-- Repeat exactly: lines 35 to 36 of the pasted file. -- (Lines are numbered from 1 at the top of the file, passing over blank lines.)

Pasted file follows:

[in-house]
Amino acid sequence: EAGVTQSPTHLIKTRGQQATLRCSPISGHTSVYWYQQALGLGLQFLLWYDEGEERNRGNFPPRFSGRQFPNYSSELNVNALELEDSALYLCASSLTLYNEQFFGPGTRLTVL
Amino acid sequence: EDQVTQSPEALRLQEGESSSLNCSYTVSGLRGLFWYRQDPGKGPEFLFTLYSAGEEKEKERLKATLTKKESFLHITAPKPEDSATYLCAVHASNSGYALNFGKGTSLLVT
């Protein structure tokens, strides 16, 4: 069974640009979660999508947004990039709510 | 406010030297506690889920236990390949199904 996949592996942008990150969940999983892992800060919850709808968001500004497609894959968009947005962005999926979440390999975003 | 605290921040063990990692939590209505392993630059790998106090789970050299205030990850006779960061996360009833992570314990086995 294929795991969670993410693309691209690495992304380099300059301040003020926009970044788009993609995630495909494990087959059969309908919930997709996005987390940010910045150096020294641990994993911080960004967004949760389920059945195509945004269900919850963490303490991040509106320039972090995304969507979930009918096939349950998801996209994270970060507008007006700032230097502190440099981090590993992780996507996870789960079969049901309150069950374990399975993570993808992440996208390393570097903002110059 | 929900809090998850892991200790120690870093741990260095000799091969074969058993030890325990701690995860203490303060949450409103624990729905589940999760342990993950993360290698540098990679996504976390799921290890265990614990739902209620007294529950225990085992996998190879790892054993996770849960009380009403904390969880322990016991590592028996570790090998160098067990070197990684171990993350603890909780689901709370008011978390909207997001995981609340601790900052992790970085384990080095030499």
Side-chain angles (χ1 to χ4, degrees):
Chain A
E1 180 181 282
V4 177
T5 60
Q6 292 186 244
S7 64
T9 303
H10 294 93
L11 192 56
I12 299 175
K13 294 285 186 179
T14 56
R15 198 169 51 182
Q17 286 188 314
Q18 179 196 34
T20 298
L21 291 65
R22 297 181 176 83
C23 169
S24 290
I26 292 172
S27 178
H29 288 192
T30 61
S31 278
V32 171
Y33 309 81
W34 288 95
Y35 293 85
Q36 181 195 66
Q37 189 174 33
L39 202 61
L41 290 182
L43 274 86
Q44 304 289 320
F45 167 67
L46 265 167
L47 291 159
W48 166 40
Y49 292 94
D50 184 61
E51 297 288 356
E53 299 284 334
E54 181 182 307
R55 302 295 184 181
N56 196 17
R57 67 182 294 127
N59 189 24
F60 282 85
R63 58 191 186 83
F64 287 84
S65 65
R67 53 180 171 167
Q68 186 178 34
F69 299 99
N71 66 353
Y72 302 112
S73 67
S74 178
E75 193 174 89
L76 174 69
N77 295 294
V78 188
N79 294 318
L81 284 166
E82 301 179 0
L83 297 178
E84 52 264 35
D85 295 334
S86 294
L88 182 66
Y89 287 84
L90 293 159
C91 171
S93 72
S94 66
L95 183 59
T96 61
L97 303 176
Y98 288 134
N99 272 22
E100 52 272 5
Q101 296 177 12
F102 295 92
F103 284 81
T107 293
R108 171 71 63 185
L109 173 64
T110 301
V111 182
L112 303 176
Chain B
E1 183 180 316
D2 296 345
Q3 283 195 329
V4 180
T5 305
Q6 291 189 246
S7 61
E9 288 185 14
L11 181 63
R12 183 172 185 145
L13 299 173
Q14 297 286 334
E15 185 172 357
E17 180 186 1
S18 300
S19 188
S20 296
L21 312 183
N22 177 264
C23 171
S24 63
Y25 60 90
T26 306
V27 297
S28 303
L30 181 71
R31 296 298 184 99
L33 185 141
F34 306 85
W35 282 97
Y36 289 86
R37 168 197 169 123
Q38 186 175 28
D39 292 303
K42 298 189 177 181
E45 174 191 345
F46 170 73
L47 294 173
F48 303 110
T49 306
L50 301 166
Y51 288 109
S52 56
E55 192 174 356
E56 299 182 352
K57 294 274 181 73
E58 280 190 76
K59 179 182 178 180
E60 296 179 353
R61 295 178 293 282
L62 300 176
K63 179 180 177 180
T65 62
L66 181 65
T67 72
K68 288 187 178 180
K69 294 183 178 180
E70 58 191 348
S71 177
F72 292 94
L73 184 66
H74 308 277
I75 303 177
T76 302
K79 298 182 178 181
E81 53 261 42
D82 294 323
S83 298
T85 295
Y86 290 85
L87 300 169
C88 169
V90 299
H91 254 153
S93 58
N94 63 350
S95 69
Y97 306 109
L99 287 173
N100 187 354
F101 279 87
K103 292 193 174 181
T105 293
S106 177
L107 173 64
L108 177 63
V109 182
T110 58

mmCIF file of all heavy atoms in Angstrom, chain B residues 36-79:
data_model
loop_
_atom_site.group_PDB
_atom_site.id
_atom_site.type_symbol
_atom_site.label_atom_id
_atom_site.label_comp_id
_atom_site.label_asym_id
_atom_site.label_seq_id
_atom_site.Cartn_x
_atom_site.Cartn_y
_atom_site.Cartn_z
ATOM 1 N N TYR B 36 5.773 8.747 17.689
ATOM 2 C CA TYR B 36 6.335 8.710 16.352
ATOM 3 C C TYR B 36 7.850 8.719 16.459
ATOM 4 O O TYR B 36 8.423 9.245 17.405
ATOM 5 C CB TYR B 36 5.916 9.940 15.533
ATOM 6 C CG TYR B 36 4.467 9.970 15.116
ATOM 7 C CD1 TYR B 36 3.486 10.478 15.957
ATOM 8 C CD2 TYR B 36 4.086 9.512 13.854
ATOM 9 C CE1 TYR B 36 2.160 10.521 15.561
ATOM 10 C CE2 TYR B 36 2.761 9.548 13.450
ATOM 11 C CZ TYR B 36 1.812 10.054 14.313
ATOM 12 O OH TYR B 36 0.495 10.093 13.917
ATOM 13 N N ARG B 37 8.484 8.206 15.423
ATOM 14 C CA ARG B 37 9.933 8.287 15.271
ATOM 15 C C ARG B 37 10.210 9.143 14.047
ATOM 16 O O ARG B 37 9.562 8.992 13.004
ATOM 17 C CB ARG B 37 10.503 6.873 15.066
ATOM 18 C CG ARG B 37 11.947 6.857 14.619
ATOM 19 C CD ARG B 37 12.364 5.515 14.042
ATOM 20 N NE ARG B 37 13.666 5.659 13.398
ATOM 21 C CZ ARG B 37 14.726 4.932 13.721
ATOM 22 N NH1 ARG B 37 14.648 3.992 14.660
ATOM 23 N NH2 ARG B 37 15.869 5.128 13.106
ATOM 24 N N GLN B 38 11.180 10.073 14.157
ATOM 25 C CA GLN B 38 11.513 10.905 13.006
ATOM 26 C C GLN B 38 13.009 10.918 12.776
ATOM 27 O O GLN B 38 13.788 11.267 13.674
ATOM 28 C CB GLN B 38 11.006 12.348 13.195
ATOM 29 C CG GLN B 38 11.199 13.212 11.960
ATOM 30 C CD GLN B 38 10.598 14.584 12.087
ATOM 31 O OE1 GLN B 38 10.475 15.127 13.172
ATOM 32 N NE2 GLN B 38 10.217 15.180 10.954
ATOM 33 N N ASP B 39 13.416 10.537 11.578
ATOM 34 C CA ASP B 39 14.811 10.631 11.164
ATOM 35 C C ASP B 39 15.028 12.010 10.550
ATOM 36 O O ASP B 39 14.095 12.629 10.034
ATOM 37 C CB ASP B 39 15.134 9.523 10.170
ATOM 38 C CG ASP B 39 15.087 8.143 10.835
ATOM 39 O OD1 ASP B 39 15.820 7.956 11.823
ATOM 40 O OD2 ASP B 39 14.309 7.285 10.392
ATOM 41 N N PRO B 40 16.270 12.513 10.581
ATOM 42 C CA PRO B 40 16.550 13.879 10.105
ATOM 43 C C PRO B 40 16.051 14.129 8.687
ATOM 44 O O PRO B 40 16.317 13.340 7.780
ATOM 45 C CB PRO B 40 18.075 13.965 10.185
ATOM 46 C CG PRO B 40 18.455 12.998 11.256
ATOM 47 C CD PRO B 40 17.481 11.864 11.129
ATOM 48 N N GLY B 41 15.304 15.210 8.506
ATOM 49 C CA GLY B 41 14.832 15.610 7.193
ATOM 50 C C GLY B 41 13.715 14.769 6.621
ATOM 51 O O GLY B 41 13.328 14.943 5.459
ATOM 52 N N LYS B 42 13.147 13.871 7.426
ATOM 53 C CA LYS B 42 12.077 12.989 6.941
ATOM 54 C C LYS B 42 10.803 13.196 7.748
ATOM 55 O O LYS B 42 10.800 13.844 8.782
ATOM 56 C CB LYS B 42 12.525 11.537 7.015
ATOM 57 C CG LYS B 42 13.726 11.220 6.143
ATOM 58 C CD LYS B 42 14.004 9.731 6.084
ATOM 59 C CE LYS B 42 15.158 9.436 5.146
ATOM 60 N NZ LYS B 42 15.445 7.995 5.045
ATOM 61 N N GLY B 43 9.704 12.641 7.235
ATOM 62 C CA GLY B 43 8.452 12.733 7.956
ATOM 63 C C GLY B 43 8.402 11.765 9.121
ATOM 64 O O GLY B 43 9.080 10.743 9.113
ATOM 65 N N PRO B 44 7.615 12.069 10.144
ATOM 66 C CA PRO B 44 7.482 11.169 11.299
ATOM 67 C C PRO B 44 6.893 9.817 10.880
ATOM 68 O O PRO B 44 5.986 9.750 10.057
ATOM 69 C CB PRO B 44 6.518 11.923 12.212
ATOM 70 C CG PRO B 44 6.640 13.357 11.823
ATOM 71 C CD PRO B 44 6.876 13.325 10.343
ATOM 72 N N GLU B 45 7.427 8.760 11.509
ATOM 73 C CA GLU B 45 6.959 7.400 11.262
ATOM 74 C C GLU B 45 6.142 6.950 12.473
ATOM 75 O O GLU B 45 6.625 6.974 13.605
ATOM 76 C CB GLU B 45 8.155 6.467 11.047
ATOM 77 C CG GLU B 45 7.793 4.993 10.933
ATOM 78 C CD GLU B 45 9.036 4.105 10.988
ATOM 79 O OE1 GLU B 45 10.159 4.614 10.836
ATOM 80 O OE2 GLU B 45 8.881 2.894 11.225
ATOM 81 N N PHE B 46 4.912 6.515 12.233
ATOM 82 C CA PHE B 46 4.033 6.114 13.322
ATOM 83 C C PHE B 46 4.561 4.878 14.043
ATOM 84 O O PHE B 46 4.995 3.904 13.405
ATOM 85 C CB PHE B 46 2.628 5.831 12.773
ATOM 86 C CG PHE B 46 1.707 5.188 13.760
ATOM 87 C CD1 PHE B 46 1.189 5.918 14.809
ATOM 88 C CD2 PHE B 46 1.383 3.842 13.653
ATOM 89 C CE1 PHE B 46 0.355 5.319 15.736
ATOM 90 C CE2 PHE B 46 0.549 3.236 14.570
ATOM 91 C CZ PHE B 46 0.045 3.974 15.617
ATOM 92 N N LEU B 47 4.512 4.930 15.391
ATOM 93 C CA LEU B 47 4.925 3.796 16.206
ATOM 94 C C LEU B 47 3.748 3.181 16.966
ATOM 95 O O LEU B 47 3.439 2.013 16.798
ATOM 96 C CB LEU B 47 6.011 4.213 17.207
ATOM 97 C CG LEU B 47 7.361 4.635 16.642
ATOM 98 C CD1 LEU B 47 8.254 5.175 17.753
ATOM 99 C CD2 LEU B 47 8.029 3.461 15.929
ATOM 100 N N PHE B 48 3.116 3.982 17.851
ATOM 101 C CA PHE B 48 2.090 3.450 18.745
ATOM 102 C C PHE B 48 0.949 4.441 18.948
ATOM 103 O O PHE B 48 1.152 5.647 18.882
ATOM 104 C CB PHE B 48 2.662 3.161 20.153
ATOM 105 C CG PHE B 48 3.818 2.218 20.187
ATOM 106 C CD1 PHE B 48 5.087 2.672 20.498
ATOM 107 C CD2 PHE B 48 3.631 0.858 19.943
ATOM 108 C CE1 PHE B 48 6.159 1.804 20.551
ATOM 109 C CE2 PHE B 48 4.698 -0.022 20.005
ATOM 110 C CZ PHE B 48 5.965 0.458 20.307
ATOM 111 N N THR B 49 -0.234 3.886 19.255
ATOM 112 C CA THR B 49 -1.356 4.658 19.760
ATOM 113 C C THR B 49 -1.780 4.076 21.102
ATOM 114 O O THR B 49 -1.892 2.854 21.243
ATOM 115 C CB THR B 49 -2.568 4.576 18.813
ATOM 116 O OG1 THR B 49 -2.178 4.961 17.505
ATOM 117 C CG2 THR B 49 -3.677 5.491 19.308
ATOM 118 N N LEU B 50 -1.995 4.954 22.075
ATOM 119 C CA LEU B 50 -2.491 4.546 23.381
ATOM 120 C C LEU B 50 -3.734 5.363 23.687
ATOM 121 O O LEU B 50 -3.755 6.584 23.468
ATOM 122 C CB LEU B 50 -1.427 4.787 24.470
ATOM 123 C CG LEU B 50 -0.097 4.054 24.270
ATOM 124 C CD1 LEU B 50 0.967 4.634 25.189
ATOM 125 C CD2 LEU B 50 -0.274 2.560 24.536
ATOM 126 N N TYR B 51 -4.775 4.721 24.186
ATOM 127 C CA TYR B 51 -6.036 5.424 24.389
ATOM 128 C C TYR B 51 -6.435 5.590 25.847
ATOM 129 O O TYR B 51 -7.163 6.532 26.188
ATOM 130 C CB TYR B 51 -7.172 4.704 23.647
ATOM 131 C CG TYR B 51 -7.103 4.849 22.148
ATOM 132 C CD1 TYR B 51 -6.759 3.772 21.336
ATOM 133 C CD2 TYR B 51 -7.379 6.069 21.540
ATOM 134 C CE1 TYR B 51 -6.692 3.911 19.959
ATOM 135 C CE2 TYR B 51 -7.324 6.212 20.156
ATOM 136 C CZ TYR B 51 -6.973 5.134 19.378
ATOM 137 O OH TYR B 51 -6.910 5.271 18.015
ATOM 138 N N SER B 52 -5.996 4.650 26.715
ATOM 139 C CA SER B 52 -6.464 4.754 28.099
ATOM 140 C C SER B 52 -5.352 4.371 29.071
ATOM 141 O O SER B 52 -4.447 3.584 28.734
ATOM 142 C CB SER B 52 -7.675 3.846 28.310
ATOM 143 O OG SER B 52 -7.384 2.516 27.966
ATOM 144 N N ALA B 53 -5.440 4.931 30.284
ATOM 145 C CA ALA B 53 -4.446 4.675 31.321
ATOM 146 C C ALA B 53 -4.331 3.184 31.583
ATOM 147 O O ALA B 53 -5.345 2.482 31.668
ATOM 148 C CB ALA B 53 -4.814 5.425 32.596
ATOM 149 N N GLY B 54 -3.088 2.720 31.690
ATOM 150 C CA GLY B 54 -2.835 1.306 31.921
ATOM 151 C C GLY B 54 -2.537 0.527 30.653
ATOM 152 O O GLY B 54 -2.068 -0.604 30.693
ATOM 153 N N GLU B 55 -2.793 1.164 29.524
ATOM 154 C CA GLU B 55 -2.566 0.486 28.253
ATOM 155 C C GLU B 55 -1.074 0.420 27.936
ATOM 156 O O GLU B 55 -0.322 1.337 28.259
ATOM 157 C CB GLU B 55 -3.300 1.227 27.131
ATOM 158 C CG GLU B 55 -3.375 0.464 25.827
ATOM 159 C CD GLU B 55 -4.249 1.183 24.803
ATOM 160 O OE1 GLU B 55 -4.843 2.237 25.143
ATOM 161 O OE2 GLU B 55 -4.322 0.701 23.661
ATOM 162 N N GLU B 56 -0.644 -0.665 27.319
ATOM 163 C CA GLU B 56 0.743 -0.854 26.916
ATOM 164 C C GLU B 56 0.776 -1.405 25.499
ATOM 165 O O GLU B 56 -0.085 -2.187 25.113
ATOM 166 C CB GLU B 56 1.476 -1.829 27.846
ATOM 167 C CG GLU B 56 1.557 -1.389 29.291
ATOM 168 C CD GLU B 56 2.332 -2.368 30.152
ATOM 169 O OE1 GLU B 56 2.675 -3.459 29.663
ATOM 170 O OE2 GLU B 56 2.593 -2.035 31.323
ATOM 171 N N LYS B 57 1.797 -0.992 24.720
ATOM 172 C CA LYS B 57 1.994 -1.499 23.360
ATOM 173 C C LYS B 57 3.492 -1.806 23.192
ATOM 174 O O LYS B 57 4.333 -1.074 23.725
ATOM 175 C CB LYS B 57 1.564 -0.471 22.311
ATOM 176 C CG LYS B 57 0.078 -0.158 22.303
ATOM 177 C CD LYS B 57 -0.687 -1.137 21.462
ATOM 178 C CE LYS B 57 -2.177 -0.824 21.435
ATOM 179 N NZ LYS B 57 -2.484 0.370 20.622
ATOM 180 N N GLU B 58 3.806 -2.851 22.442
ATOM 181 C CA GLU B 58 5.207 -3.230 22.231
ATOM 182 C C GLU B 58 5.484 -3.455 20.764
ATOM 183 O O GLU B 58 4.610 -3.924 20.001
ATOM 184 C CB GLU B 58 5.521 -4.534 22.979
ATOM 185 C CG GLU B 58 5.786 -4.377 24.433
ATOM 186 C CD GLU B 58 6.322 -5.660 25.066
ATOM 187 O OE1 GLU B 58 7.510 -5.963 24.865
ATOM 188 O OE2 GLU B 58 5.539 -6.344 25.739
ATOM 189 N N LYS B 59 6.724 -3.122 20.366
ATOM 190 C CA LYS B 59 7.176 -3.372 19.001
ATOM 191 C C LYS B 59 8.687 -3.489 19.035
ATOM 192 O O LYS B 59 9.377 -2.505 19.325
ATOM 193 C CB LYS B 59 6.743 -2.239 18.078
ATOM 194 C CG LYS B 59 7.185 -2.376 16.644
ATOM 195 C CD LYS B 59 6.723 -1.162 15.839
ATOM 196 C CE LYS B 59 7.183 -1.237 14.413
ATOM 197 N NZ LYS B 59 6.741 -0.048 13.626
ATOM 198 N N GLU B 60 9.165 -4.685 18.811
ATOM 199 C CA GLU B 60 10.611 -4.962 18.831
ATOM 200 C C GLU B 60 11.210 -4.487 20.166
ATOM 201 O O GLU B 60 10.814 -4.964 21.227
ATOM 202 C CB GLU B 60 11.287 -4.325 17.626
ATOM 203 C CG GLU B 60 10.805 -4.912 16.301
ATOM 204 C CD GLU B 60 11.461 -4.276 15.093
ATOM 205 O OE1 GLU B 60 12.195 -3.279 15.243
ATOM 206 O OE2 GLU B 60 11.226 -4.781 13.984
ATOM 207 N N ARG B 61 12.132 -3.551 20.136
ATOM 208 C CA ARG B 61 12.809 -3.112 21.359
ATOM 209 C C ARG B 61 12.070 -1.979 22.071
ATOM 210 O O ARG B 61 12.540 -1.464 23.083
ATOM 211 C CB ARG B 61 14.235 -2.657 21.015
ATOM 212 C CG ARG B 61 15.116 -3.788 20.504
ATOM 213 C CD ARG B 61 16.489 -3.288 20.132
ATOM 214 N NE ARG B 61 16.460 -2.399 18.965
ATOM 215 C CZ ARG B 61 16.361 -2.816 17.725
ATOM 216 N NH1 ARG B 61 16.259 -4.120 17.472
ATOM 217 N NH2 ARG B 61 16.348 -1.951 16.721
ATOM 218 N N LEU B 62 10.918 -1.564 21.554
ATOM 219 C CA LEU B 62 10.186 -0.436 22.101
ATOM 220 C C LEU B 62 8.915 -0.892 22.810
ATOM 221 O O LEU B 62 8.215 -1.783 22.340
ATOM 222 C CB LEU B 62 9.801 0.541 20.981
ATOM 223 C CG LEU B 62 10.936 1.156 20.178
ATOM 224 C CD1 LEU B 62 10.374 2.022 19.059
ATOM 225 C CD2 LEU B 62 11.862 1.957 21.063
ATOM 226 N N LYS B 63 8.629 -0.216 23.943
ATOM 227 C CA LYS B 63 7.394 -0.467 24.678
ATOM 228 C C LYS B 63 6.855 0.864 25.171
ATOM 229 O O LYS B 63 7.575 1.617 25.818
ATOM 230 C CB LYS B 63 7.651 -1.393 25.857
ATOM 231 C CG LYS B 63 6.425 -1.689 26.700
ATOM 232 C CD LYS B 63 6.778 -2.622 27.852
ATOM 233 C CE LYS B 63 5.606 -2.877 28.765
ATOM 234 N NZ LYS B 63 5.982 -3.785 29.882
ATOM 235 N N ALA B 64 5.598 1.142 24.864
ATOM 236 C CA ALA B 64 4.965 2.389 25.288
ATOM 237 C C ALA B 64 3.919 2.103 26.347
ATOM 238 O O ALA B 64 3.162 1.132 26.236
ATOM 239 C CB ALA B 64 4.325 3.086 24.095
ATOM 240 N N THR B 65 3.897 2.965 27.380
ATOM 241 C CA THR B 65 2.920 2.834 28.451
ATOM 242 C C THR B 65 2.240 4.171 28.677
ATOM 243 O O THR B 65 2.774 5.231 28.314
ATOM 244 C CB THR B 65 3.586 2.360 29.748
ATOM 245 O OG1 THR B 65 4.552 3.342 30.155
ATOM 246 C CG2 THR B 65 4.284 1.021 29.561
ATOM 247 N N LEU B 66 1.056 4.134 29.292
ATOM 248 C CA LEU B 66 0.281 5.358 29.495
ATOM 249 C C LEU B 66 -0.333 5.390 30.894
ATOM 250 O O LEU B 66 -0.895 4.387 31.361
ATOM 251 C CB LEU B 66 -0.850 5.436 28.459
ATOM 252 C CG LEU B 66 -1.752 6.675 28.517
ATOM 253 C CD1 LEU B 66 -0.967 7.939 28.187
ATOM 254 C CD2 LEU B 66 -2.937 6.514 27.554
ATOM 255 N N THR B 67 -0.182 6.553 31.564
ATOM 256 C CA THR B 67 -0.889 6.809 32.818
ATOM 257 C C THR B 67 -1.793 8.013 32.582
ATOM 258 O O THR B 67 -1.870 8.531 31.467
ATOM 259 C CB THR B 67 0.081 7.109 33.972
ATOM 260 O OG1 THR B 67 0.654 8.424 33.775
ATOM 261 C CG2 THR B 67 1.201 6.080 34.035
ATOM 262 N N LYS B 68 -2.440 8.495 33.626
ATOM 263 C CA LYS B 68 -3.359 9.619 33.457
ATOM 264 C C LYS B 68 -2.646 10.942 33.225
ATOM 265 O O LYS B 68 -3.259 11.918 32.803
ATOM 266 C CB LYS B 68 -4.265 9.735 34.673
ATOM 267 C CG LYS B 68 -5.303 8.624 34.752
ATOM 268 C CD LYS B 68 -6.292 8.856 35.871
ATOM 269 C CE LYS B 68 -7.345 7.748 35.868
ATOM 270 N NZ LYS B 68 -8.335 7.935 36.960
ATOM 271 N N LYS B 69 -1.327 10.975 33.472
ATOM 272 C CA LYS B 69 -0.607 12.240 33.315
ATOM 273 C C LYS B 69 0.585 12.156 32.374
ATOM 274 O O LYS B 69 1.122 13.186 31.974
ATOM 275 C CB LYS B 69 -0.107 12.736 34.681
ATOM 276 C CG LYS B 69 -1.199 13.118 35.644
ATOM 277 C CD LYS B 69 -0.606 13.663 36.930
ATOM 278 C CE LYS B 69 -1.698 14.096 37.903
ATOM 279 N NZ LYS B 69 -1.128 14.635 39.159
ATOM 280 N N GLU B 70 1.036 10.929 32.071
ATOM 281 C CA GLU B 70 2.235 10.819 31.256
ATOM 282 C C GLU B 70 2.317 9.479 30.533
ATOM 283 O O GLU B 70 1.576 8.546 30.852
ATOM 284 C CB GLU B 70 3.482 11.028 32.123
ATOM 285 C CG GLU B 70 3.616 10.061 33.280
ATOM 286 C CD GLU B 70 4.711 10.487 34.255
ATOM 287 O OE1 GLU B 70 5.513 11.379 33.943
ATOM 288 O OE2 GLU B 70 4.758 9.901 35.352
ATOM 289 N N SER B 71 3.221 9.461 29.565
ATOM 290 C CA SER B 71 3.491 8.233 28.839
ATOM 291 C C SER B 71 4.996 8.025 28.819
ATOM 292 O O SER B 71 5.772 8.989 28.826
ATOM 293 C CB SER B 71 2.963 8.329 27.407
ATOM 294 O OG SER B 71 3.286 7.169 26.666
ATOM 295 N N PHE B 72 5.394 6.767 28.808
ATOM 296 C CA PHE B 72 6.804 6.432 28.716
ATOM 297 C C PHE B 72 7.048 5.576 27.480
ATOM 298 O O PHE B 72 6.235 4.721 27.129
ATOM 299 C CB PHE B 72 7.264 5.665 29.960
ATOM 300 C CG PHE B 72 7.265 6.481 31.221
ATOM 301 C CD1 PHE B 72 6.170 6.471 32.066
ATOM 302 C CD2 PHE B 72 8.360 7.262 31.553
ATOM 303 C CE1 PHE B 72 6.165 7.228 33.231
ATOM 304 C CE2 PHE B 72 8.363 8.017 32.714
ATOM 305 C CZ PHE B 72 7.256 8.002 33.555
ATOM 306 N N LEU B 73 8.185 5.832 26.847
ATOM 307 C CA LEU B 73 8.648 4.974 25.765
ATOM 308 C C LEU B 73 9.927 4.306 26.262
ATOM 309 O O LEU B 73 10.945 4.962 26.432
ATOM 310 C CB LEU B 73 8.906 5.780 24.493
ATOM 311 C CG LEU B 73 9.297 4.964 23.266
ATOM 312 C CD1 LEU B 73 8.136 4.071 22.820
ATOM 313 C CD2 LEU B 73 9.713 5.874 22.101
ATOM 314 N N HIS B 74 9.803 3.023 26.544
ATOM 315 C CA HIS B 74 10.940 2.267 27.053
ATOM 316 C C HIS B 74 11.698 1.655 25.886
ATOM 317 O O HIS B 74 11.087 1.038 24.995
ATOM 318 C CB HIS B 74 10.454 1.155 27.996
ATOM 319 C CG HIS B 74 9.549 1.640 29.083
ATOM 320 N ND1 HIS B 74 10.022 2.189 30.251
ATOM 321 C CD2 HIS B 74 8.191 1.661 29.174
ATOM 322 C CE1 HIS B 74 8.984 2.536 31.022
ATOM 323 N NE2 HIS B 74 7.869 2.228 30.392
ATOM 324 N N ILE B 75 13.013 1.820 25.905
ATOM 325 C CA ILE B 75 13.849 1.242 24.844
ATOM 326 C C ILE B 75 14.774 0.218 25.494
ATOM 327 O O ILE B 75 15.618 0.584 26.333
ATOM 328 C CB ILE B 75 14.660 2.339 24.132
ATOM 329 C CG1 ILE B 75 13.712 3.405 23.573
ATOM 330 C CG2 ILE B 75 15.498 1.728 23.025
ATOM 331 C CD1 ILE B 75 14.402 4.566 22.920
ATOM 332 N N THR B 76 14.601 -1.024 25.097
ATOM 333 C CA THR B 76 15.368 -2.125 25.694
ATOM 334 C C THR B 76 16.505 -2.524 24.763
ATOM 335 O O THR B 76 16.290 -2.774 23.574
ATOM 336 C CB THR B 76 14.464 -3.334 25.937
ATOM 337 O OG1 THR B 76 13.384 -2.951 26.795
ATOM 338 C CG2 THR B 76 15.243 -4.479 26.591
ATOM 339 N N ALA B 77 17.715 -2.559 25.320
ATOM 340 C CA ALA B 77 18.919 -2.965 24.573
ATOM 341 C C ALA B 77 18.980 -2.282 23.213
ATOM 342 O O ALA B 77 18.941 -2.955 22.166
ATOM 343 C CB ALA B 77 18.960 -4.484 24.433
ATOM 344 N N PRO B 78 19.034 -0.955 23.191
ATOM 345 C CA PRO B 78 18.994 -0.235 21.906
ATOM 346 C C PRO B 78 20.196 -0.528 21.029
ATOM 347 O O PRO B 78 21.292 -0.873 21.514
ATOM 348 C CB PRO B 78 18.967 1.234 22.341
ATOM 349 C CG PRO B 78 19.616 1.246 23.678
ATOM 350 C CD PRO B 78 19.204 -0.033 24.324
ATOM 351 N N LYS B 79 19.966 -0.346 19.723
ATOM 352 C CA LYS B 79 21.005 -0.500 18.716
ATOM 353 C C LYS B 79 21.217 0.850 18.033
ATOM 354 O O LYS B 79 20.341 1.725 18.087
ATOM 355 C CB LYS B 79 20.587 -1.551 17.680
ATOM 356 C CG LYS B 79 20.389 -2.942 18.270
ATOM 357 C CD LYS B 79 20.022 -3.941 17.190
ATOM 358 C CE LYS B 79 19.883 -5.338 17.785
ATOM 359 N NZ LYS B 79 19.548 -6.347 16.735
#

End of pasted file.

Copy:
Q36 181 195 66
Q37 189 174 33